New report highlights the need for civic education

One of 215 new citizens looks at the United States Constitution after a ceremony at the National Archives Sept. 17, 2012, in Washington, DC. The ceremony was held on the 225th anniversary of the signing of the U.S. Constitution in the Rotunda of the archives which holds the "Charters of Freedom": The Declaration of Independence, the Bill of Rights and the Constitution. (Chip Somodevilla/Getty Images/TNS)

We often hear about Americans’ declining knowledge of our system of government, but a new report by the University of Pennsylvania’s Annenberg Public Policy Center highlights just how dire our civics education problem has become.

Since 2013, the Annenberg Center has celebrated Constitution Day, Sept. 17, by administering an annual civics knowledge survey—and this year, the results should serve as a wake-up call, not only to teachers and professors, but to all Americans.


According to the Annenberg Center’s results, only 5% of U.S. adults can correctly name all five rights protected under the First Amendment (freedom of speech, worship, assembly, press and petition). In fact, only 9% of Americans even know of the existence of the right to petition. Worse, some 22% of citizens think that the right to bear arms is protected under the First Amendment, rather than the Second.

To be sure, the survey is not all bad news. It finds that 66% of Americans can name all three branches of government, which is, however shocking, a much higher proportion than in years past. The authors warn that due to changes in data collection methods, we cannot compare this year’s results to last year’s results—yet long-term data show that the portion of Americans able to name our three branches of government has been consistently growing.

But the reason for this growth in basic knowledge is concerning—it is most likely the result of a hyper-partisan political media diet, not the result of a growing interest in our civic history and institutions.

The sad reality is that while Americans have stronger political opinions than ever, they have never known less about our founding and our Constitution. In short, Americans have never known less about what makes them American. What makes us unique is not blood or soil or even religion; rather, the American Founding is about a new form of government based on the twin concepts of liberty and equality first laid out in the Declaration of Independence, and later brought to life in the Constitution.

Our government, Abraham Lincoln tells us, is “of the people, by the people, and for the people.” To have good government, we must thus ensure that the people have a firm grasp on both the how—and the why—of the functioning of our government. It’s not enough for Americans to know that there are three branches of government—they need to understand why we have three branches of government.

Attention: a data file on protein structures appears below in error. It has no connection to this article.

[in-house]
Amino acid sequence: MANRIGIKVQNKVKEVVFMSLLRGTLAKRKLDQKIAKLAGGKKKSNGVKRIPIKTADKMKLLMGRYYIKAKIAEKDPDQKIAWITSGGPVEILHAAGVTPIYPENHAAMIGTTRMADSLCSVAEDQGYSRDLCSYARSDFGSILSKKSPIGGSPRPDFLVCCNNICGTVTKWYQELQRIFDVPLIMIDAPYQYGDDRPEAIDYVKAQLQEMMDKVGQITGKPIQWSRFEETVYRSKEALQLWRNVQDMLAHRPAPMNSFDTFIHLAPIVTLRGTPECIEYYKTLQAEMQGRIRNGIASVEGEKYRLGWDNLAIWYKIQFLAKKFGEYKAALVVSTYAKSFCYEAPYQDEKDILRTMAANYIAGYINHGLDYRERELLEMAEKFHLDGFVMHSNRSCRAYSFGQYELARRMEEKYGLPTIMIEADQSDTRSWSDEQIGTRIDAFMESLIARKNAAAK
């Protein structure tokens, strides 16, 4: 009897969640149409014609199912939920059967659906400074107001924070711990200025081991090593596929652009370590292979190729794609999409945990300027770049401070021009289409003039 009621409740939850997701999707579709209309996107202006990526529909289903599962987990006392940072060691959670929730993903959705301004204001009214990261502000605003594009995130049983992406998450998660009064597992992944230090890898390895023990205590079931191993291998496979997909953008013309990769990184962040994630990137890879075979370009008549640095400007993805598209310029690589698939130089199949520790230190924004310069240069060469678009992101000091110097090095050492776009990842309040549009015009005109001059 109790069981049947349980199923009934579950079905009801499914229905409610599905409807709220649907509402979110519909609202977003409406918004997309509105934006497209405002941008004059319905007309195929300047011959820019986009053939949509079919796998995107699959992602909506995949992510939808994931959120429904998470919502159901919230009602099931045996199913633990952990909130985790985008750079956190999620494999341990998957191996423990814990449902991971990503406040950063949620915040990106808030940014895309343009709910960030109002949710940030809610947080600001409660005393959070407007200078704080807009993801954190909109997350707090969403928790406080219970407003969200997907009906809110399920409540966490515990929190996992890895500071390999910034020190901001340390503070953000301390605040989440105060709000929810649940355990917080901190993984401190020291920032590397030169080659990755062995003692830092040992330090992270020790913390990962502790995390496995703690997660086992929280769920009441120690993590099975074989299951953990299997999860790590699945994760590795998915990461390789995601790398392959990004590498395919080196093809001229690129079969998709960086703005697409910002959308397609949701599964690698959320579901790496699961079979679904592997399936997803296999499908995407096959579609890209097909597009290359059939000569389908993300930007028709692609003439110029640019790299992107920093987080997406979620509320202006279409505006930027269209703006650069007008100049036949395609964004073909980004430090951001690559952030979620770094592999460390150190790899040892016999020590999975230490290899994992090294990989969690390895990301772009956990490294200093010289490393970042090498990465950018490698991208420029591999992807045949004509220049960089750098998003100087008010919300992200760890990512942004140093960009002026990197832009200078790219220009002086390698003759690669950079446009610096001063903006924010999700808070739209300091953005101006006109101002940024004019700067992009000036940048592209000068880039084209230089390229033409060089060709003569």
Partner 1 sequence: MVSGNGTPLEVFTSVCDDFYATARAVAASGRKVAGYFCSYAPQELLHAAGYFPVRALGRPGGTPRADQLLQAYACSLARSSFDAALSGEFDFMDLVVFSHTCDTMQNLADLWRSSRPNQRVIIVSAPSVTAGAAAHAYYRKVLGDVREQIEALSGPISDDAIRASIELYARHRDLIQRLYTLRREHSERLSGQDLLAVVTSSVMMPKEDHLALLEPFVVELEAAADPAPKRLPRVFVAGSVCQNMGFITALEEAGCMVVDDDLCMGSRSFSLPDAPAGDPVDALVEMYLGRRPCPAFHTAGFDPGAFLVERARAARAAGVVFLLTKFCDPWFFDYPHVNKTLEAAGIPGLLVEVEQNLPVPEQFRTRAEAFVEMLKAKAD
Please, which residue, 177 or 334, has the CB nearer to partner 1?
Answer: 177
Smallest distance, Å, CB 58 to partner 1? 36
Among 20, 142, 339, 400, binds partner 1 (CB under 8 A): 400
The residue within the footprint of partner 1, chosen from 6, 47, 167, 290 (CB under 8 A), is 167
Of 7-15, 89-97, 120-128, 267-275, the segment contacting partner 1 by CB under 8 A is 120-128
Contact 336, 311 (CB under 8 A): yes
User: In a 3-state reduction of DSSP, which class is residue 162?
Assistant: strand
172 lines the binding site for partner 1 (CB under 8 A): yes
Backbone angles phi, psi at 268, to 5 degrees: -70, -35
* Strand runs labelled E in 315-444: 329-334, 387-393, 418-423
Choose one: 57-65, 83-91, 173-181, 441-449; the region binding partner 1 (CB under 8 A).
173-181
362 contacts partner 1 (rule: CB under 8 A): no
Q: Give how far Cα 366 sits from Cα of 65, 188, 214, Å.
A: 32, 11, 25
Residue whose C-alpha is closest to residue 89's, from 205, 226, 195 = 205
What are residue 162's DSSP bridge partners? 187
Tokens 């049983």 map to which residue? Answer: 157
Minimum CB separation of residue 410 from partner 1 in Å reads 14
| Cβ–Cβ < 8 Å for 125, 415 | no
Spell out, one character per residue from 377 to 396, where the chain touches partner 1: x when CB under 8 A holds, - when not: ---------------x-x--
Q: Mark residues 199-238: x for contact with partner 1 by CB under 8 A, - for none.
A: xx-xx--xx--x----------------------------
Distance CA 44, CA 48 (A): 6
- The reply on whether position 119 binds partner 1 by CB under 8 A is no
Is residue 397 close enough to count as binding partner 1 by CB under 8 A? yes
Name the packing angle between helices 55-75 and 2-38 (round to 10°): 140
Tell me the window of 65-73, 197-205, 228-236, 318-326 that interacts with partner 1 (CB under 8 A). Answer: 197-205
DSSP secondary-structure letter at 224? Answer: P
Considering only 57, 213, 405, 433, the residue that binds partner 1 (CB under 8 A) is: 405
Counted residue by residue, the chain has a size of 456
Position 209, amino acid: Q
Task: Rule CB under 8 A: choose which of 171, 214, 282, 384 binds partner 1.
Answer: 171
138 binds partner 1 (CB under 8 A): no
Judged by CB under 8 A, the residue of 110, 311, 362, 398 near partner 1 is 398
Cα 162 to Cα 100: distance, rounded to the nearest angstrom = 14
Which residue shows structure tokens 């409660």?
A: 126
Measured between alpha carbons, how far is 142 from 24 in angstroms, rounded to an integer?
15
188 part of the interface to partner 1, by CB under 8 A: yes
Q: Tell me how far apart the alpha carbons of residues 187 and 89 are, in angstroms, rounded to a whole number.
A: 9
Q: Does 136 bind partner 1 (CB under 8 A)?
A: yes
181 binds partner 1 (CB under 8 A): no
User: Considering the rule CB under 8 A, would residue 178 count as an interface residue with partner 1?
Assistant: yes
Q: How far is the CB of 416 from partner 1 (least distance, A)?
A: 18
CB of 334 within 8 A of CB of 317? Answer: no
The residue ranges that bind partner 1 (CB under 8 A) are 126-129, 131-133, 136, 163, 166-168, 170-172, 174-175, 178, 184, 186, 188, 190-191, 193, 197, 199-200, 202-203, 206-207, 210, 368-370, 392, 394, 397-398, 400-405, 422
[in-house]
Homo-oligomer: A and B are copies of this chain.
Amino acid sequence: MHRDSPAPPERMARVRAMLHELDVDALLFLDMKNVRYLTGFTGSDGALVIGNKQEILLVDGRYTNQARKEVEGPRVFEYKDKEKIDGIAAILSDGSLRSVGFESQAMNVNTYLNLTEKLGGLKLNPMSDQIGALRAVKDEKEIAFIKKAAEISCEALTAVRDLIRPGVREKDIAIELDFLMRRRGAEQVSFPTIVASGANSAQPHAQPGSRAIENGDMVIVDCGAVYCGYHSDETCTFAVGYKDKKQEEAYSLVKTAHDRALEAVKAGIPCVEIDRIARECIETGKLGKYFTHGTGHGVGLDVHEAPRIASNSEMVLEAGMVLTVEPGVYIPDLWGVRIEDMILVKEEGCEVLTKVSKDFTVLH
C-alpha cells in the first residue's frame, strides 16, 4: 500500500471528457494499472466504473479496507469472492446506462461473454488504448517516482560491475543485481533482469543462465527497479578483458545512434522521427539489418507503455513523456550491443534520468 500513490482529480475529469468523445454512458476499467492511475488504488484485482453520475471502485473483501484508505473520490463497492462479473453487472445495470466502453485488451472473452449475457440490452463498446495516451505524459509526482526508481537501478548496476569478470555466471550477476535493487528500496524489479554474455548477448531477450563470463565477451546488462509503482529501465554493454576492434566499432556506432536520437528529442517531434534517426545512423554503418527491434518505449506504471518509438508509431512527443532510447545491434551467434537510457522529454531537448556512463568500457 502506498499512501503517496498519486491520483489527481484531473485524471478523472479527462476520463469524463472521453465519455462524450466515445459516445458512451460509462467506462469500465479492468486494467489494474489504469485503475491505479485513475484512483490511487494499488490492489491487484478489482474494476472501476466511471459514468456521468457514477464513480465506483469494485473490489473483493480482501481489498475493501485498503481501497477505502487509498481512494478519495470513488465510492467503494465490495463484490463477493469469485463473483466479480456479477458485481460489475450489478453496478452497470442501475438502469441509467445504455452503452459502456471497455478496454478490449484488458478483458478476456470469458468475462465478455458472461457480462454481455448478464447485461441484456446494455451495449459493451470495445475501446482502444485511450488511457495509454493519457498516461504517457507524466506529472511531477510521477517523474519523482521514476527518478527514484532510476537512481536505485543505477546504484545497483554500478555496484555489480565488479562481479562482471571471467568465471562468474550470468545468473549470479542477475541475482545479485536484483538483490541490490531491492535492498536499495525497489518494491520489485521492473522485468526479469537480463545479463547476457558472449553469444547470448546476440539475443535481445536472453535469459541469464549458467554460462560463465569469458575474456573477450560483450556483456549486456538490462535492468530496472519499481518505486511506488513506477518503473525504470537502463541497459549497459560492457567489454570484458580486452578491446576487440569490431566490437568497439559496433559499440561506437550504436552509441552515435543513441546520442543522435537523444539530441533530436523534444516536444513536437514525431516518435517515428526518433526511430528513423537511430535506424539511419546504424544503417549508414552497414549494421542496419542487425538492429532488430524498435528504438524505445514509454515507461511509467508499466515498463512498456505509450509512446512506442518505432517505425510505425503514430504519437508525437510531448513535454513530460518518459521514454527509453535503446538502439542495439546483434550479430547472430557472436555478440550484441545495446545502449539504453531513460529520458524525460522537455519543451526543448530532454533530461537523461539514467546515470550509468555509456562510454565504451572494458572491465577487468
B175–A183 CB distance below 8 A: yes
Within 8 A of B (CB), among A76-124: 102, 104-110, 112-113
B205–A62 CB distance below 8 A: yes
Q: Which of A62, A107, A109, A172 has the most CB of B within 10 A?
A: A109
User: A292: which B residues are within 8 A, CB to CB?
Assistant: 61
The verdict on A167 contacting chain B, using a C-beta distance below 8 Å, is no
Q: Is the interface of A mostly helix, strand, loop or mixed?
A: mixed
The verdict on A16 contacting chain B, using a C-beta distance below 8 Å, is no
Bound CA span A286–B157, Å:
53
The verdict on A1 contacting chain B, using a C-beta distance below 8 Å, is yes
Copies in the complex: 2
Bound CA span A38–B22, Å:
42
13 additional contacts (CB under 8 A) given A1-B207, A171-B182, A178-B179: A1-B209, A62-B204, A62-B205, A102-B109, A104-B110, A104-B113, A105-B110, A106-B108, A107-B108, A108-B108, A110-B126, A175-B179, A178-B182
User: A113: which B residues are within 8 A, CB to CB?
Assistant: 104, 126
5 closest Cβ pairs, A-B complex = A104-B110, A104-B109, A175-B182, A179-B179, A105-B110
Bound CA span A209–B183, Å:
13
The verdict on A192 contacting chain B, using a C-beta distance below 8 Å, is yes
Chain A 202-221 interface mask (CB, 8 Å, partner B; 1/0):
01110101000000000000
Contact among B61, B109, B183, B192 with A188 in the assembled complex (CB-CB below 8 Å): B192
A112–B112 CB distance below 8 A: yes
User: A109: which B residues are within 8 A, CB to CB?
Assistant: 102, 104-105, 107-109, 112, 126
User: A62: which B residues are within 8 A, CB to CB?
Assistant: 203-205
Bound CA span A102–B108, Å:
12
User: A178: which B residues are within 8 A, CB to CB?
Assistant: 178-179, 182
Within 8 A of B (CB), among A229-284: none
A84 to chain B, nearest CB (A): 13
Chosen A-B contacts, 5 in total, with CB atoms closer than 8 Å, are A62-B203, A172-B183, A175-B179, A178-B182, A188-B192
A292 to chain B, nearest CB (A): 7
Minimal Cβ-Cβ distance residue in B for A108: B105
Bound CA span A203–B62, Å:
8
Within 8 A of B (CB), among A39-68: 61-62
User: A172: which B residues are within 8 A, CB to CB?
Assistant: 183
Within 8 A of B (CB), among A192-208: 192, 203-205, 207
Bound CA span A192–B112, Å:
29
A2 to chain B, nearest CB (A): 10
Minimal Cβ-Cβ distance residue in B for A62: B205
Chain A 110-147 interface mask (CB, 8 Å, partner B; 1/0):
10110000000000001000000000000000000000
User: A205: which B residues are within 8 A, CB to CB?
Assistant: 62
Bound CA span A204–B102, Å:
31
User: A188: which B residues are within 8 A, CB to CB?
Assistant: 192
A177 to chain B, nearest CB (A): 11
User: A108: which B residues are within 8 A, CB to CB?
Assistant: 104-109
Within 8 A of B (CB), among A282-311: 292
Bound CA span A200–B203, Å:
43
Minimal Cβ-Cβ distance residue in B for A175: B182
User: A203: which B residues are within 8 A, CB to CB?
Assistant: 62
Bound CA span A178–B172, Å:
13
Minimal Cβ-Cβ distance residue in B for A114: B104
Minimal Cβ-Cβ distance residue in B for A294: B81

My organization, the Jack Miller Center, is dedicated to this mission. Since 2004, we have been advancing the work of educators who are committed to teaching the core texts and ideas of the American political tradition, because we believe that citizenship begins with“reflection and choice.” Indeed, at the Jack Miller Center, we believe that it is not just America’s birth that requires rational deliberation—it is also her continued existence. If our form of government and our way of life “shall not perish from the earth,” each generation of Americans must be invited to reflect upon the history and principles that make us exceptional, and then affirm them—and fight for them.

The path to American civic renewal depends on the wider dissemination of the great primary texts of our nation’s history. If you want a high-schooler to understand the Supreme Court, don’t explain the principle of judicial review, have them read the Lincoln-Douglas debates on the Dred Scott decision. If you want to teach a college freshman about how slavery fits into the American founding, don’t assign dueling perspectives from the 1619 Project and the 1776 Project, let them read Frederick Douglass’ speech on the relationship between slavery and the American Constitution.

Parents innately understand the importance of content-rich civics. My organization released a poll last year which found a vast majority of parents across the country – over 89% – believe that giving their children an education in America’s founding principles is “very important.” They want their kids to understand the ideas behind the Declaration of Independence and the Gettysburg Address. Unfortunately, though, politics is getting in the way; our poll found that over 61% of parents believe that their child’s school is promoting a political agenda. People clearly want change. The time is ripe for civic renewal.

Civic renewal starts with improving civic knowledge. It’s time to empower the next generation to take up the work of self-government with a rich understanding of the significance and fragility of the American political system. By expanding the teaching of our founding principles and history, from K-12 and beyond, we can foster a new generation of citizens “conceived in Liberty, and dedicated to the proposition that all men are created equal.”

Hans Zeiger is president of the Jack Miller Center, a nationwide network of scholars and teachers committed to advancing the core texts and ideas of the American political tradition in Philadelphia.